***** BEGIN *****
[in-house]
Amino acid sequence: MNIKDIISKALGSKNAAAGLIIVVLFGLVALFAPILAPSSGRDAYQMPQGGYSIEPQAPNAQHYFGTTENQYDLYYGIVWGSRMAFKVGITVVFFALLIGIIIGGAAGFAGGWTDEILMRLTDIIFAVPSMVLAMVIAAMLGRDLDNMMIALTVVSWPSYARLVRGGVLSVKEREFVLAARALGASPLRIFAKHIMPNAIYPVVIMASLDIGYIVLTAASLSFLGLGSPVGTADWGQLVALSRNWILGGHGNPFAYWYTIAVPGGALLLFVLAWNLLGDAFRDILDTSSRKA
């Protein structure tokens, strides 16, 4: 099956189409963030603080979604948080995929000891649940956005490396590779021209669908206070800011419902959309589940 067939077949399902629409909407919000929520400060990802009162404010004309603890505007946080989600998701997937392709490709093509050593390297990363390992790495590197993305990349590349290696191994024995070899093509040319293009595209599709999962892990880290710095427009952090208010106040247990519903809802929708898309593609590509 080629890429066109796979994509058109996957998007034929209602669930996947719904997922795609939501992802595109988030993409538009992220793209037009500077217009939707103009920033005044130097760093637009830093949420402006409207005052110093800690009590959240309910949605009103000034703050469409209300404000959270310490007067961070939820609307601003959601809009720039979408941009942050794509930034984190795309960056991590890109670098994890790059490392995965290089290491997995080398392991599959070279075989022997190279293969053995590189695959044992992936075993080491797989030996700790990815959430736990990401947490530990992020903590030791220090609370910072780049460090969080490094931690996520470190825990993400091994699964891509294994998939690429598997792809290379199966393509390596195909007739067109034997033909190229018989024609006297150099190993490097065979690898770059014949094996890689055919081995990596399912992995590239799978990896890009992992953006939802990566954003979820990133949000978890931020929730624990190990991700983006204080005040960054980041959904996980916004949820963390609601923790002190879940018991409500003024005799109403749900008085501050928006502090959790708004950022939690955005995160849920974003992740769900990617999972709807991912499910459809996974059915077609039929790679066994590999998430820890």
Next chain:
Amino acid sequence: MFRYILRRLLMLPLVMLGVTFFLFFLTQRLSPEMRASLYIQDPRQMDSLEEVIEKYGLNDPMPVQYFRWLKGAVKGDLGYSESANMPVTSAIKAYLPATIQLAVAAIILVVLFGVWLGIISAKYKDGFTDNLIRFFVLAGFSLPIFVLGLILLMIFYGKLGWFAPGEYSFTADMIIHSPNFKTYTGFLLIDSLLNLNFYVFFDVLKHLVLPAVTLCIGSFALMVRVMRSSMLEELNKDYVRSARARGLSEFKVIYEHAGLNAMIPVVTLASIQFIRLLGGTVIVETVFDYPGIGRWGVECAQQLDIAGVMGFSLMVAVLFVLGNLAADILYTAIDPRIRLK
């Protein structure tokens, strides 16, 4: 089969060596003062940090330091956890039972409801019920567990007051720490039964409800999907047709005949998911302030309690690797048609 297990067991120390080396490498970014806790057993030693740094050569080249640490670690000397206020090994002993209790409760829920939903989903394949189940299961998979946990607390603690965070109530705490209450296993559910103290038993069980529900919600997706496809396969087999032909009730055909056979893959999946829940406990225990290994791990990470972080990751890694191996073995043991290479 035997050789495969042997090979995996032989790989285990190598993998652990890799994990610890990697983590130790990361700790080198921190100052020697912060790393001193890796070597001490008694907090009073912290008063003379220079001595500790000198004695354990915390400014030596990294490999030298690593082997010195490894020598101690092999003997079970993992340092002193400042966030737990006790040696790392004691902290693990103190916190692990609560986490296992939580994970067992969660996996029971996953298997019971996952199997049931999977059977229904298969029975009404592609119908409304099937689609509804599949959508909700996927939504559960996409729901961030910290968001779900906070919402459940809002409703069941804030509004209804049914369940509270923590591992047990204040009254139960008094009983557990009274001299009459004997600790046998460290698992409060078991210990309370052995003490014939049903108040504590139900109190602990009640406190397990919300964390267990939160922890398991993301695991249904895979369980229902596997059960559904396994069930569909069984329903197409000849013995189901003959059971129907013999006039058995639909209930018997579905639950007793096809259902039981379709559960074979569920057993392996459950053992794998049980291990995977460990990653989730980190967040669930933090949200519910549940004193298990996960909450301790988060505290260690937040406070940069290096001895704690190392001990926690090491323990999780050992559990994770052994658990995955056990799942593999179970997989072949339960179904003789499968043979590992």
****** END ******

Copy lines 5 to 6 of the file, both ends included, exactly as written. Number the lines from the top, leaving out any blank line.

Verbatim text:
Amino acid sequence: MFRYILRRLLMLPLVMLGVTFFLFFLTQRLSPEMRASLYIQDPRQMDSLEEVIEKYGLNDPMPVQYFRWLKGAVKGDLGYSESANMPVTSAIKAYLPATIQLAVAAIILVVLFGVWLGIISAKYKDGFTDNLIRFFVLAGFSLPIFVLGLILLMIFYGKLGWFAPGEYSFTADMIIHSPNFKTYTGFLLIDSLLNLNFYVFFDVLKHLVLPAVTLCIGSFALMVRVMRSSMLEELNKDYVRSARARGLSEFKVIYEHAGLNAMIPVVTLASIQFIRLLGGTVIVETVFDYPGIGRWGVECAQQLDIAGVMGFSLMVAVLFVLGNLAADILYTAIDPRIRLK
């Protein structure tokens, strides 16, 4: 089969060596003062940090330091956890039972409801019920567990007051720490039964409800999907047709005949998911302030309690690797048609 297990067991120390080396490498970014806790057993030693740094050569080249640490670690000397206020090994002993209790409760829920939903989903394949189940299961998979946990607390603690965070109530705490209450296993559910103290038993069980529900919600997706496809396969087999032909009730055909056979893959999946829940406990225990290994791990990470972080990751890694191996073995043991290479 035997050789495969042997090979995996032989790989285990190598993998652990890799994990610890990697983590130790990361700790080198921190100052020697912060790393001193890796070597001490008694907090009073912290008063003379220079001595500790000198004695354990915390400014030596990294490999030298690593082997010195490894020598101690092999003997079970993992340092002193400042966030737990006790040696790392004691902290693990103190916190692990609560986490296992939580994970067992969660996996029971996953298997019971996952199997049931999977059977229904298969029975009404592609119908409304099937689609509804599949959508909700996927939504559960996409729901961030910290968001779900906070919402459940809002409703069941804030509004209804049914369940509270923590591992047990204040009254139960008094009983557990009274001299009459004997600790046998460290698992409060078991210990309370052995003490014939049903108040504590139900109190602990009640406190397990919300964390267990939160922890398991993301695991249904895979369980229902596997059960559904396994069930569909069984329903197409000849013995189901003959059971129907013999006039058995639909209930018997579905639950007793096809259902039981379709559960074979569920057993392996459950053992794998049980291990995977460990990653989730980190967040669930933090949200519910549940004193298990996960909450301790988060505290260690937040406070940069290096001895704690190392001990926690090491323990999780050992559990994770052994658990995955056990799942593999179970997989072949339960179904003789499968043979590992």